The story of Beirut's struggle with Frederick II continues next week. Meanwhile, these events are depicted in detail in my latest release:


Dr. Helena P. Schrader holds a PhD in History.
She is the Chief Editor of the Real Crusades History Blog.
She is an award-winning novelist and author of numerous books both fiction and non-fiction. Her three-part biography of Balian d'Ibelin won a total of 14 literary accolades. Her current series describes the civil war in Outremer between Emperor Frederick andthe barons led by John d'Ibelin the Lord of Beirut. Dr. Schrader is also working on a non-fiction book describing the crusader kingdoms. You can find out more at: http://crusaderkingdoms.com

Thursday, November 14, 2019

Winter War for Beirut

In the fall of 1231, an army under the command of the Imperial Marshal Riccardo Filangieri seized control of the port city of Beirut. John d'Ibelin, the Lord of Beirut, had just been disseized without a judgment of the court. That should have been the end of the story -- but it wasn't.

Above a 19th-century watercolor of Beirut harbor by Charles Pierron -- before the destruction of the castle. Copyright Christie's Images

As described last week, Beirut had been caught in Cyprus with nearly all his men when the Imperial Marshal struck at his lordship of Beirut. Ibelin knew that his citadel was well-stocked to withstand a siege, but the garrison was too small to withstand a determined assault. If he were to avoid complete defeat, he knew he had to raise a military force capable of breaking the siege of the citadel. The challenges were threefold: 1) he didn't himself command enough knights and men-at-arms to take on the Imperial army; 2) he didn't have any ships to transport his men and horses from Cyprus to the mainland, and 3) it was now late fall, the winter storms had started and the Mediterranean was largely closed to shipping.

Beirut addressed the first two issues by making a dramatic appeal to King Henry of Cyprus for aid. This appeal is notable in that Beirut was Henry's acting regent since the defeat of the Imperial baillies the previous summer. Presumably, Beirut could have simply commanded the resources of Cyprus. Instead, we are told that he went on his knees before the 14-year-old king and begged him for assistance. Pure theater? Probably, but at least the forms of legality were respected, in contrast to the Emperor's actions.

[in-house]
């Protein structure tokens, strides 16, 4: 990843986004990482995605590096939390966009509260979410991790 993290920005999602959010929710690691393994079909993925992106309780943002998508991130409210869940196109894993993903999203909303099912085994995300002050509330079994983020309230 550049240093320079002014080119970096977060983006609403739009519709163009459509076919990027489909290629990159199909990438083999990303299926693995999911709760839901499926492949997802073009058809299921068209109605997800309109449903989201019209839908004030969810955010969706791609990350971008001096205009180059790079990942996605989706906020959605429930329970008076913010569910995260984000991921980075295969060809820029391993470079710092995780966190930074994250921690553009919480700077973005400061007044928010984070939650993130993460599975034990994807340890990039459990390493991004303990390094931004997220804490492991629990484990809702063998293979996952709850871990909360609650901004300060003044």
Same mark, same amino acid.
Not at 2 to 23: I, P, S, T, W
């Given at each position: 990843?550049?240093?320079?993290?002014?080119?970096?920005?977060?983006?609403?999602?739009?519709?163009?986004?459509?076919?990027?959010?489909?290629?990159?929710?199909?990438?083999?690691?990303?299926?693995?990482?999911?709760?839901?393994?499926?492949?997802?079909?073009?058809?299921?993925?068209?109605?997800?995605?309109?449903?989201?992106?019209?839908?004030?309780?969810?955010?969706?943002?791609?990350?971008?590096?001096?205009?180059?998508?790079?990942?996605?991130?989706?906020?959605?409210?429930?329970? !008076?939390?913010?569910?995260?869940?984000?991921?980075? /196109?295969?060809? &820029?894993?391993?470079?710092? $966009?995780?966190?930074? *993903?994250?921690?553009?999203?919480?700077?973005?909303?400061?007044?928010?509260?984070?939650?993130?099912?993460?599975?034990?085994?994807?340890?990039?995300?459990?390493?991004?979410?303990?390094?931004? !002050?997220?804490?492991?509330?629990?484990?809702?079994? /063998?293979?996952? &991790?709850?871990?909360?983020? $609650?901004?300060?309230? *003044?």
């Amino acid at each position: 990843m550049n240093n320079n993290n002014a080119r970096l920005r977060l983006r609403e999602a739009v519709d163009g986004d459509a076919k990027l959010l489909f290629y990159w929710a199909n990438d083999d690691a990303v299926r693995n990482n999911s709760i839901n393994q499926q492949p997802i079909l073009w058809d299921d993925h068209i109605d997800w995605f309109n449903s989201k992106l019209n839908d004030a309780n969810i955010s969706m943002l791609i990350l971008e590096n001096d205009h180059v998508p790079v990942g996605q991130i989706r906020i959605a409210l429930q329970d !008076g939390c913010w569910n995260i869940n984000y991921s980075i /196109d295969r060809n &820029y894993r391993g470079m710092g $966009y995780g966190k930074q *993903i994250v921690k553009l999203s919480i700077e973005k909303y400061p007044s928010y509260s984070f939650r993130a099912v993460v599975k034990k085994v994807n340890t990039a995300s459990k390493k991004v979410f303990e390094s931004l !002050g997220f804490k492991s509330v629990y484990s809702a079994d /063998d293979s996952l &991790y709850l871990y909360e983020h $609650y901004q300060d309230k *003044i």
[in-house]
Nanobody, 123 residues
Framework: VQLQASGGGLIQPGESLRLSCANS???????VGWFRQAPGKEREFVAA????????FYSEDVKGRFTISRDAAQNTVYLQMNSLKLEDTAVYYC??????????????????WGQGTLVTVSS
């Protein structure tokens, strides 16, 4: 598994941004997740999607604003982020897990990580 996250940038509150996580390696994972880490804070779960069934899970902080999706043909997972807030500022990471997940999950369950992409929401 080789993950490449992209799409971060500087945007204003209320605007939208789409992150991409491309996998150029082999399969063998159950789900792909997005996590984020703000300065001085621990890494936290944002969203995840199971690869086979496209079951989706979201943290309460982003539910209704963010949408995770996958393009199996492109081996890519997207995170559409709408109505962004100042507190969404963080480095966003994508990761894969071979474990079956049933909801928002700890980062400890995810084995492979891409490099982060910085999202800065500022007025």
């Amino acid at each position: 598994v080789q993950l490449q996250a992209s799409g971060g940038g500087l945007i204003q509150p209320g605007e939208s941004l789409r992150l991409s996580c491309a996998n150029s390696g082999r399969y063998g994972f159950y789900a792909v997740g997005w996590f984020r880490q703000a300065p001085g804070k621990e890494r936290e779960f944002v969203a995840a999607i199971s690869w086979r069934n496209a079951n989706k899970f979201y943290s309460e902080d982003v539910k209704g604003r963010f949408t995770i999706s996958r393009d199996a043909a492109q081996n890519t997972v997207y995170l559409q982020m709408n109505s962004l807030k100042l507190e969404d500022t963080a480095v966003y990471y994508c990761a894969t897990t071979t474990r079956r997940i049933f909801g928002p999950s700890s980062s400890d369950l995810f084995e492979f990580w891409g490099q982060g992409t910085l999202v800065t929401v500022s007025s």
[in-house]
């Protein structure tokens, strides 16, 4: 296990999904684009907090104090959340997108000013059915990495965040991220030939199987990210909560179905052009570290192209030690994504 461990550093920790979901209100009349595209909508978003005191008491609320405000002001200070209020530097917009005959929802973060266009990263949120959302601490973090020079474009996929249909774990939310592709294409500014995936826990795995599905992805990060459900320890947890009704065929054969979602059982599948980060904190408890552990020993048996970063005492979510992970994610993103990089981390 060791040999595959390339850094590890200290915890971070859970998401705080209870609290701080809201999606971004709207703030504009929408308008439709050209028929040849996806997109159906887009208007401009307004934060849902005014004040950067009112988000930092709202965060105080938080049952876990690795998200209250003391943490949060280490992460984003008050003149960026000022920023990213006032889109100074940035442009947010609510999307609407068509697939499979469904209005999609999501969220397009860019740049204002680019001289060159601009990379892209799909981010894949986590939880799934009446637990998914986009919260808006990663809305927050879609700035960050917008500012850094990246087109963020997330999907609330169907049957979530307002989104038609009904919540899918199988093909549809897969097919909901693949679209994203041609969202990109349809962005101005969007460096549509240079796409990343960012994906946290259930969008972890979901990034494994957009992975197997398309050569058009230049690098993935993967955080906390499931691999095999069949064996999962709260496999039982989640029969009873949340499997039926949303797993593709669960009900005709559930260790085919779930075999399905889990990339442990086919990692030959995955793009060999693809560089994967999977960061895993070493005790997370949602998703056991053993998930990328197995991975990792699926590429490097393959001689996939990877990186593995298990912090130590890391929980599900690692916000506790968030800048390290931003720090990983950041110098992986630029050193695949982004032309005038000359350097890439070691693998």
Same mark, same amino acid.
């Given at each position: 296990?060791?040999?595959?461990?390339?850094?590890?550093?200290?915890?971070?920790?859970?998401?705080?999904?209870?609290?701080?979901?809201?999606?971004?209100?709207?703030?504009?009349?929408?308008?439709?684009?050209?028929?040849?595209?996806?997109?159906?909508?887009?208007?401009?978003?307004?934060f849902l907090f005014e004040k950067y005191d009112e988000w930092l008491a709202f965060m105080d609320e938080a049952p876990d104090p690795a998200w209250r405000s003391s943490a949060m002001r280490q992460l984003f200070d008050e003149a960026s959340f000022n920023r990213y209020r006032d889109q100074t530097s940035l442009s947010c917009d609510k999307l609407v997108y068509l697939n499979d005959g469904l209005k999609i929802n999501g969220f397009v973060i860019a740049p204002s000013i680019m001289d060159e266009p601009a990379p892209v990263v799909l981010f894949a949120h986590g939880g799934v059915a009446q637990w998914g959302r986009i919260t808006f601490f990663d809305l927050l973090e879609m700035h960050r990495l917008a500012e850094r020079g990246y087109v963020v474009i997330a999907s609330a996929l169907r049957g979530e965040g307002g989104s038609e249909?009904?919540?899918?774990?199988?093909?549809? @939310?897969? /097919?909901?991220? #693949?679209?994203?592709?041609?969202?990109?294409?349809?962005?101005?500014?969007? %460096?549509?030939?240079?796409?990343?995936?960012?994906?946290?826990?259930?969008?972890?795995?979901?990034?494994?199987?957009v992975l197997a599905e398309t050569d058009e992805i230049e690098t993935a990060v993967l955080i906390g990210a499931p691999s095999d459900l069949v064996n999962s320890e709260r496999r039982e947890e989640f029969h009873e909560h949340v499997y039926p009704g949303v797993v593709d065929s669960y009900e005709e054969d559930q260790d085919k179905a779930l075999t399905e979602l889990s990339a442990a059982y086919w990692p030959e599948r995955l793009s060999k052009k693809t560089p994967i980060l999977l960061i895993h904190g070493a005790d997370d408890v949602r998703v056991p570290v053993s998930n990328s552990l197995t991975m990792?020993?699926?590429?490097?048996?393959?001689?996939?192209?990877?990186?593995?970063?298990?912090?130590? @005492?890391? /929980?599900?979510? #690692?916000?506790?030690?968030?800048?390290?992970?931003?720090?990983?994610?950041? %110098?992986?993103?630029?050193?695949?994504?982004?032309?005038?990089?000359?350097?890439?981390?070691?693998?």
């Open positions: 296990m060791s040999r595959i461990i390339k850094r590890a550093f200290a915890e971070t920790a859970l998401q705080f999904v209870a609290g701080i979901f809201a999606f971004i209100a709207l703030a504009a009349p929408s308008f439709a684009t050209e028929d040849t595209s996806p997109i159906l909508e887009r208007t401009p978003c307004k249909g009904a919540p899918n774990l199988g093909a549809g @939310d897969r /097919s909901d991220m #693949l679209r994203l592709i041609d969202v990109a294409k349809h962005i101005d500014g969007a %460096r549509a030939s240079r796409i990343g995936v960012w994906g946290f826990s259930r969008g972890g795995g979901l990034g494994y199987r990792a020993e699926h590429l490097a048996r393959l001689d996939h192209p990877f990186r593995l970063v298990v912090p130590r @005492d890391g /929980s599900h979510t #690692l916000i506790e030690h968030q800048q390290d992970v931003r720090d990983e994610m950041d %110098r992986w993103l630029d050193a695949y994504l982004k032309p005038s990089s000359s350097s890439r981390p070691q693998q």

The High Court of Cyprus was summoned and knights and barons came in unprecedented number, "friends and enemies" both. The Lord of Beirut rose and reminded the king that he and his family (meaning his father and brother) had on more than one occasion defeated attempts to depose the Lusignans, a fact for which he had many witnesses and was not in doubt.  Then, according to the chronicler Philip de Novare, who was personally present, Beirut appealed to the king as follows:
"Now it has happened that the Langobards have taken my city and besieged my castle so closely that it is in danger of being lost, and ourselves and all our Syrian men disinherited. Wherefore I pray you, by God and by your honor, for our great services and because we are of one blood and nourished by a common motherland...that you come in person in all your power with me to succor my castle."

At this the lord of Beirut was silent and knelt as if to kiss the foot of the king. The king arose to his feet and all the others knelt, and the king and all the others said that they agreed willingly.... [Novare, LXXXIV]
Not everyone came willingly, as events soon showed, but what Beirut had achieved with his show of requesting aid where he could have commanded it was to leave the youthful king his dignity. The importance of that would become evident within six months.


  
First, however, the entire Cypriot host had to muster and cross to the mainland in the dead of winter. The army collected at Famagusta shortly after Christmas, there to await favorable weather for a crossing.  They waited a long time in weather that Novare describes as terrible. One source claims they did not risk a crossing until after the spring equinox, another that they departed on the first day of lent, that would have been Feb. 25, 1232. Fatefully, Beirut refused to leave any of his bannerets or sons behind on Cyprus. According to Novare, Beirut argued that everything hinged upon the recovery of Beirut and that they needed every single fighting man they had, adding that many battles had been lost for the lack of a single nobleman. He concluded: 
"If we conquer, Cyprus will not need any captains; if we lose, it will be ended with us and the captain who would be in Cyprus could only hold out for a little time and after he would perish... For this I do not wish that any one of my family who bears the name of Ibelin should remain. If we conquer, each will have his part in the honor and profits; if we lose, we will all die together and for God in our rightful heritage, there where most of my relatives have been born and died." [Novare, LXXXVI]